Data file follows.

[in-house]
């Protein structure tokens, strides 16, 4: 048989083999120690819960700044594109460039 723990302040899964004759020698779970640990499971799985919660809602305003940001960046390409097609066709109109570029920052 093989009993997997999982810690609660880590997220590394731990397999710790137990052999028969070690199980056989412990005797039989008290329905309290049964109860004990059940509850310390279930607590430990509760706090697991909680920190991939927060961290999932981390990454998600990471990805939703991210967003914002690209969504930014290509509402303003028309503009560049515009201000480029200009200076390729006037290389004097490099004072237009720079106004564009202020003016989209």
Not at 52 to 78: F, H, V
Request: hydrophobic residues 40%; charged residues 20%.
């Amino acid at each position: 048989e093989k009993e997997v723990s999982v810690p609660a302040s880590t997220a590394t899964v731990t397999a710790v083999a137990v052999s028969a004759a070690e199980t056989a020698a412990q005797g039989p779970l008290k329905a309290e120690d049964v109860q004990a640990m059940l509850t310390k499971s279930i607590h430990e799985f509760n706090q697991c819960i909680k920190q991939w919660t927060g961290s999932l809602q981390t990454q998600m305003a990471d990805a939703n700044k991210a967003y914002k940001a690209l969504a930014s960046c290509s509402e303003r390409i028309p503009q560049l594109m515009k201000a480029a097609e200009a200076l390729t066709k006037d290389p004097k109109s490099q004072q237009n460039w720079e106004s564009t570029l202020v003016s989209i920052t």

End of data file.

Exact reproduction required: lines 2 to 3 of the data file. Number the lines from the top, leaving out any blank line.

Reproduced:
């Protein structure tokens, strides 16, 4: 048989083999120690819960700044594109460039 723990302040899964004759020698779970640990499971799985919660809602305003940001960046390409097609066709109109570029920052 093989009993997997999982810690609660880590997220590394731990397999710790137990052999028969070690199980056989412990005797039989008290329905309290049964109860004990059940509850310390279930607590430990509760706090697991909680920190991939927060961290999932981390990454998600990471990805939703991210967003914002690209969504930014290509509402303003028309503009560049515009201000480029200009200076390729006037290389004097490099004072237009720079106004564009202020003016989209």
Not at 52 to 78: F, H, V